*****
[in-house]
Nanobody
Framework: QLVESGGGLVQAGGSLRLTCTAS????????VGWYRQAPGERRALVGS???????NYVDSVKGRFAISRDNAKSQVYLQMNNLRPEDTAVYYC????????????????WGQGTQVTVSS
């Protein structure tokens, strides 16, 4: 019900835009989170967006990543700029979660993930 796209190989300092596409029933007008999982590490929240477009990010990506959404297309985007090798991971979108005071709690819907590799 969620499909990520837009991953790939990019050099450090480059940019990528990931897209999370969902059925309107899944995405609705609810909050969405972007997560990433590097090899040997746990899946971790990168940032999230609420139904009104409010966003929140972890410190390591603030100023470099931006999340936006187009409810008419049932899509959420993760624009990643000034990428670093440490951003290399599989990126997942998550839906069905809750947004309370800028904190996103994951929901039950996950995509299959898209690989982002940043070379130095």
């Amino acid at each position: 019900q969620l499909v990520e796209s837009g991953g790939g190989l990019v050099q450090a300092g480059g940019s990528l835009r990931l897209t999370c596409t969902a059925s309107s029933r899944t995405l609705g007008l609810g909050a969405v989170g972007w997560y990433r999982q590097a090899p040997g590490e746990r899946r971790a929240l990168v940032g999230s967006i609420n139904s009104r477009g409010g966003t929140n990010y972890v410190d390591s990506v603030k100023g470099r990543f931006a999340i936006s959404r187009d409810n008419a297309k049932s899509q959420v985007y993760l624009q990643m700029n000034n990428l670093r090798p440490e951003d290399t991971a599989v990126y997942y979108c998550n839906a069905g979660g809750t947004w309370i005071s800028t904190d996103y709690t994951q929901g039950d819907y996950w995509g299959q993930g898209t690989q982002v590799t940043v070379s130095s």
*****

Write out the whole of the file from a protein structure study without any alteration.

[in-house]
Nanobody
Framework: QLVESGGGLVQAGGSLRLTCTAS????????VGWYRQAPGERRALVGS???????NYVDSVKGRFAISRDNAKSQVYLQMNNLRPEDTAVYYC????????????????WGQGTQVTVSS
């Protein structure tokens, strides 16, 4: 019900835009989170967006990543700029979660993930 796209190989300092596409029933007008999982590490929240477009990010990506959404297309985007090798991971979108005071709690819907590799 969620499909990520837009991953790939990019050099450090480059940019990528990931897209999370969902059925309107899944995405609705609810909050969405972007997560990433590097090899040997746990899946971790990168940032999230609420139904009104409010966003929140972890410190390591603030100023470099931006999340936006187009409810008419049932899509959420993760624009990643000034990428670093440490951003290399599989990126997942998550839906069905809750947004309370800028904190996103994951929901039950996950995509299959898209690989982002940043070379130095």
């Amino acid at each position: 019900q969620l499909v990520e796209s837009g991953g790939g190989l990019v050099q450090a300092g480059g940019s990528l835009r990931l897209t999370c596409t969902a059925s309107s029933r899944t995405l609705g007008l609810g909050a969405v989170g972007w997560y990433r999982q590097a090899p040997g590490e746990r899946r971790a929240l990168v940032g999230s967006i609420n139904s009104r477009g409010g966003t929140n990010y972890v410190d390591s990506v603030k100023g470099r990543f931006a999340i936006s959404r187009d409810n008419a297309k049932s899509q959420v985007y993760l624009q990643m700029n000034n990428l670093r090798p440490e951003d290399t991971a599989v990126y997942y979108c998550n839906a069905g979660g809750t947004w309370i005071s800028t904190d996103y709690t994951q929901g039950d819907y996950w995509g299959q993930g898209t690989q982002v590799t940043v070379s130095s």